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Using AI to Elevate Supply Chain Due Diligence

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The landscape of due diligence is undergoing a profound transformation. The need for a hybrid approach has emerged, one that marries the precision of data analysis with the depth of human expertise and access.

As markets expand, regulations evolve and risks diversify, thoroughly assessing potential partners, investments or ventures remains paramount. Due diligence acts as a safeguard, providing a comprehensive evaluation framework to mitigate risks, ensure compliance and uncover crucial insights before critical business decisions are made. It protects against unforeseen challenges and optimizes opportunities in an increasingly complex and disjointed marketplace. But it’s just a start when applied to supply chain transparency.

Identifying the origin of products quickly becomes intricate within multinational supply chains. Most consumers are oblivious to the journeys the products they consume make before reaching their households. From the cotton in jackets to the tantalum in cell phone batteries or the abaca used for tea bags, most raw materials and unfinished parts arrive from the developing world, produced in diverse conditions and local communities. 

In addition, extraction and production sometimes happen under murky circumstances that end-users would not condone if they had all the information. Complete transparency is difficult and at times impossible to guarantee since multiple actors, complex international networks and opaque relationships interlink in the various stages of production.

Understanding the multiple facets of supply chain transparency

In enhancing supply chain transparency, investigative due diligence is indispensable to differentiate between good and bad actors. Imagine the supply chain landscape as a jar full of jellybeans — some are green, some yellow and some red — representing the companies and individuals within supply chains. Due diligence can help spot which beans are green (safe), yellow (concerning) or red (unsafe). But today it’s not enough just to color code. Supply chain transparency requires the additional step of analyzing and understanding relationships between the beans — between individuals and companies — through tackling the data accessibility hurdles businesses face when dealing with vast multinationals or challenging jurisdictions. 

Identifying and monitoring these relationships has become crucial for businesses as regulatory enforcement frameworks evolve, bringing financial and reputational repercussions for companies that fall behind. International sanctions and labor transparency legislation only increase the risk of doing business with the wrong people. In this context, businesses already identify the “red beans” swiftly to avoid trouble. But as supply chains grow in transparency, the consuming public will add pressure on companies to identify and justify individuals and companies in their relationship network.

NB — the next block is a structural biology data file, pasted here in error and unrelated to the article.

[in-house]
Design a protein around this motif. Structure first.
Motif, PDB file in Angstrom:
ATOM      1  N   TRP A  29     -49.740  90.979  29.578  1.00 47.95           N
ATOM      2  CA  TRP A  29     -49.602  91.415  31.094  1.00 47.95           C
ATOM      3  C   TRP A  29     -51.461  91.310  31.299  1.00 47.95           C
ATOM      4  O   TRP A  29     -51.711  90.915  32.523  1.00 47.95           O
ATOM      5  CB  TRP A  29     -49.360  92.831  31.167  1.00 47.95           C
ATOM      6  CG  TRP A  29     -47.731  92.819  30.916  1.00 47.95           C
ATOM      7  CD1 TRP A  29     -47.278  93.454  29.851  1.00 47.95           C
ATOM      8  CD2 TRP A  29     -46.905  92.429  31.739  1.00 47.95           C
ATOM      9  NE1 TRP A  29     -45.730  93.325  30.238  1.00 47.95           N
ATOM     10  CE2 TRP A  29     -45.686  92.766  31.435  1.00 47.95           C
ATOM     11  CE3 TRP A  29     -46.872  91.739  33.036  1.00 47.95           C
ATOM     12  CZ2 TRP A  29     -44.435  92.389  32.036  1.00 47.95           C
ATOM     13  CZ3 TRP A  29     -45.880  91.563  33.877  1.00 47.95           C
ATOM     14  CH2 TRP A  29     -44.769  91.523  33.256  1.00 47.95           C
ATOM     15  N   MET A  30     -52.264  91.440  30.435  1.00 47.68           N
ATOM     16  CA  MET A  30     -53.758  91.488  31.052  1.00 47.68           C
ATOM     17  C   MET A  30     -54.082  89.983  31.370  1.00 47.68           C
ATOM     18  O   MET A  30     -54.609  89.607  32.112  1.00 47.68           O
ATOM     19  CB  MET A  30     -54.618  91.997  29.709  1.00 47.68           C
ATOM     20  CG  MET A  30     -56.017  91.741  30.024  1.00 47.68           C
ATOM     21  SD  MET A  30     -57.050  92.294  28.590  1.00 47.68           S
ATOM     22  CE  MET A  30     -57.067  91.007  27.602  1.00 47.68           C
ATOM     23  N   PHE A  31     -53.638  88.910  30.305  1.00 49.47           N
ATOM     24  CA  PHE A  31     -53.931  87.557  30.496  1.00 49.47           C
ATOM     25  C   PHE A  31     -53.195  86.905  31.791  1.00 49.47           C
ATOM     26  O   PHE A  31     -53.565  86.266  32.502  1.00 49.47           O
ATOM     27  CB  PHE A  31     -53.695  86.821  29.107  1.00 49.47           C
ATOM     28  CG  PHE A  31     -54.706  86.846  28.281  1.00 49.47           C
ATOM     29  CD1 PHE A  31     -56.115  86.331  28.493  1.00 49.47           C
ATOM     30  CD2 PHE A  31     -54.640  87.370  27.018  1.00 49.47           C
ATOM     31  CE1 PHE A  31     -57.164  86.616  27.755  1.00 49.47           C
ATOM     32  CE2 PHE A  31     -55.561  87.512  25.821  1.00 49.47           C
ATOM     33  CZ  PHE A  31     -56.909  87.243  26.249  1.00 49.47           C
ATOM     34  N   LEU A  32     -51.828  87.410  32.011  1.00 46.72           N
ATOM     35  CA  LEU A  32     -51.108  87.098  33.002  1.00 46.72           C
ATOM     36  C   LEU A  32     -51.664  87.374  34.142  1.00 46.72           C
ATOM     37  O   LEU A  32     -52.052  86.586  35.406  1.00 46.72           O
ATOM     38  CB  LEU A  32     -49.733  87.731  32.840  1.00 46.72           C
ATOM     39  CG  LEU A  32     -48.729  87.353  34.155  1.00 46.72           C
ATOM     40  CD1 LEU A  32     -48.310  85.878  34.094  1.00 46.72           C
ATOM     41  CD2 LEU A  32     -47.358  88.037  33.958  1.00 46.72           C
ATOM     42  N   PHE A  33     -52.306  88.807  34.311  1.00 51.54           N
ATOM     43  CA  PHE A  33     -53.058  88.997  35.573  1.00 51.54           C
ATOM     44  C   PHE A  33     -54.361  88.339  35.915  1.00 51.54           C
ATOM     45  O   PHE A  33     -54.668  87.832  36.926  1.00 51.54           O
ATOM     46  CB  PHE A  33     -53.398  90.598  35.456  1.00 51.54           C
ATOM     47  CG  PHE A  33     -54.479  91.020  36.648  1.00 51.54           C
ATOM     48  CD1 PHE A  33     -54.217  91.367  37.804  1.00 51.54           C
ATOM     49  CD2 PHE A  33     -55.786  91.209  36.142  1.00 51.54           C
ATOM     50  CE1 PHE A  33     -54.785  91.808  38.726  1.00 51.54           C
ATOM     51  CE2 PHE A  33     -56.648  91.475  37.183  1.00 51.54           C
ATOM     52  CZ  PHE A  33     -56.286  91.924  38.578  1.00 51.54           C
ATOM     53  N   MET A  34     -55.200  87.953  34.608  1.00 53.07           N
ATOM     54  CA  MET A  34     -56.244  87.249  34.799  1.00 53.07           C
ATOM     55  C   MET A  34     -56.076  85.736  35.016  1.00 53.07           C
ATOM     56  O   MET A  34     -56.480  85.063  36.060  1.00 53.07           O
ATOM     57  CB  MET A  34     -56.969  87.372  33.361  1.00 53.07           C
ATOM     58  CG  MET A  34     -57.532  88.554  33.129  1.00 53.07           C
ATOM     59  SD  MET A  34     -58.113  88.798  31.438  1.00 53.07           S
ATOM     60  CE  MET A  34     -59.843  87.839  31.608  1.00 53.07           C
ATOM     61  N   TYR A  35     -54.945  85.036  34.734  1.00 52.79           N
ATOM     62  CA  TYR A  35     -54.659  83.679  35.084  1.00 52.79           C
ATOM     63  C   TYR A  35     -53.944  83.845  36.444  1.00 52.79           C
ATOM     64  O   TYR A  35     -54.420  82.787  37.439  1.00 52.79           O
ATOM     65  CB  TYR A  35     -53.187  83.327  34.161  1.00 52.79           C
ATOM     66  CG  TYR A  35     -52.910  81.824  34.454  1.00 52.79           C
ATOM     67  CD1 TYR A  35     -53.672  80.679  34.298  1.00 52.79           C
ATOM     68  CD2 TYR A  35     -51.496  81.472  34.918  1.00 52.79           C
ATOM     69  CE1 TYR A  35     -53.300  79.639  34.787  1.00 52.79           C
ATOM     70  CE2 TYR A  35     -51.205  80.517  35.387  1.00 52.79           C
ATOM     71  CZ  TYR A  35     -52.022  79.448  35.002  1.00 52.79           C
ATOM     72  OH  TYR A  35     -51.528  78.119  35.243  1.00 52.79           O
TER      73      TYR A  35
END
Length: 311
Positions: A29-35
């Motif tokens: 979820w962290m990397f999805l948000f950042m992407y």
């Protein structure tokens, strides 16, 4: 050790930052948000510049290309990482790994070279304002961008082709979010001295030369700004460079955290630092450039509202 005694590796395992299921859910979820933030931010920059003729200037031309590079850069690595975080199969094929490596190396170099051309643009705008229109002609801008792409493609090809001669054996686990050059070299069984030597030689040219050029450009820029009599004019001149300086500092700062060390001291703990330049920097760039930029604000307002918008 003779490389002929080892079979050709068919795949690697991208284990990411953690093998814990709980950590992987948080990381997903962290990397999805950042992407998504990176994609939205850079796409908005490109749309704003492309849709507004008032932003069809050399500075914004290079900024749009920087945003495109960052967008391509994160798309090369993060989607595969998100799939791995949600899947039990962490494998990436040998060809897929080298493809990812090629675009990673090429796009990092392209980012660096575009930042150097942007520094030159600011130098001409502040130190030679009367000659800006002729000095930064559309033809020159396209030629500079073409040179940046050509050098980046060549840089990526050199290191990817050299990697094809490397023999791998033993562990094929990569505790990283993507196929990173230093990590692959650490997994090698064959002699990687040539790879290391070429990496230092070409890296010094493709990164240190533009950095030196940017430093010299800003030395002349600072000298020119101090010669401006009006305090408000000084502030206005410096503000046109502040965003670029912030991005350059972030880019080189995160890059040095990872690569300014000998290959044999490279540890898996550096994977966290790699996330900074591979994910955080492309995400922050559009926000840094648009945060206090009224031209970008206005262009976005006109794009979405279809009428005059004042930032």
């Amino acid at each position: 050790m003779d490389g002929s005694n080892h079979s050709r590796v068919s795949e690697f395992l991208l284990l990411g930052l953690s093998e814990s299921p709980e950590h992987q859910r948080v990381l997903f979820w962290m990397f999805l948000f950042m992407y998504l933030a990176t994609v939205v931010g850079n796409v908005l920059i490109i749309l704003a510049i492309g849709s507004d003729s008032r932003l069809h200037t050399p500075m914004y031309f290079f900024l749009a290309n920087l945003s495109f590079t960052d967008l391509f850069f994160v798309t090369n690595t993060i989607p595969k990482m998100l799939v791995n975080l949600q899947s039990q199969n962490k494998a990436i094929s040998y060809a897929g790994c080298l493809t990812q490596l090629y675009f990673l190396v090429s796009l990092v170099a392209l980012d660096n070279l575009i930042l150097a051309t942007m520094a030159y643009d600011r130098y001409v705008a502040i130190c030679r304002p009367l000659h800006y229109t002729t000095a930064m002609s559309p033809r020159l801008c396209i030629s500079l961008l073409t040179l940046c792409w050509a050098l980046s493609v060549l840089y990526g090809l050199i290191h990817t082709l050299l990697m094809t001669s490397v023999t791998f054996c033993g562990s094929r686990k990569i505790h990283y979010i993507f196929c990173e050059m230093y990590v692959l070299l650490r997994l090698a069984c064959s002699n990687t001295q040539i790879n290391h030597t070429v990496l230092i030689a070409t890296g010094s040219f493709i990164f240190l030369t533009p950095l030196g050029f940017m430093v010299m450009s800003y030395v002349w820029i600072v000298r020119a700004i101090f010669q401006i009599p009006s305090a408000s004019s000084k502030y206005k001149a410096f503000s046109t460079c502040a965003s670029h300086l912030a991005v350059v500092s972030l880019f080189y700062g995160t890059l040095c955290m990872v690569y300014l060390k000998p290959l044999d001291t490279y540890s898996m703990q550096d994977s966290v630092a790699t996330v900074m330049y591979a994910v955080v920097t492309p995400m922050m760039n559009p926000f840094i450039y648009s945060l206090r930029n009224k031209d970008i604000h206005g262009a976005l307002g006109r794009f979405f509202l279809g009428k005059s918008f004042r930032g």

As a result, regular data scans, often aided by AI and automation, can only be a beginning, especially in the developing world, where data taxonomy is a challenge to navigate. Data scans help flag potential issues, identifying the so-called “yellow beans,” but lacking the depth to dig deeper and ensure the subject is not, in fact, a “red bean.”

Scans can indicate who is connected to whom and why, but human analysis remains crucial to tell the full story. Where scans scratch the surface, human expertise and local knowledge provide a nuanced analysis of the data collected, adding the national, political and social perspectives and helping create links with other subjects. Humans on the ground can access information that in 2024 remains beyond the reach of digitalized, commercialized datasets.

The hybrid approach: Data paired with human analysis

A hybrid approach — one that combines the right data and well-trained and placed researchers and investigators — helps identify red flags quickly while offering the opportunity for a deep-dive into relationships, which require insights that are sensitive to geographical location, local legislation, culture and other elements that could affect the interpretation of findings and access to information. When necessary, an on-the-ground presence makes fact-checking possible through interviews and source inquiries in the local language.

Furthermore, locally based researchers ensure that all publicly available data is accessible, given that jurisdictions in Asia, Africa and Latin America often require in-country proof of presence or a need for someone to queue in line to retrieve information provided by government services, such as corporate records in Mexico and Israel or litigation records in Brazil or Thailand.

As the political and legal conditions around data availability in different parts of the world shift, due diligence professionals must adapt to the new reality. Despite robust data solutions that usually include AI and automation, the human experience can only partially be replaced in situations of high complexity.

In the coming years, due diligence as a checkbox exercise will be just a starting point for those who want to identify, interpret and effectively address adverse issues linked to opaque or muddled relationships in their supply chains. The hybrid approach ensures that the right dots are connected appropriately and that multinational companies build supply chains that contribute to the improvement, not detriment, of local conditions and communities, their brand perception and bottom line.


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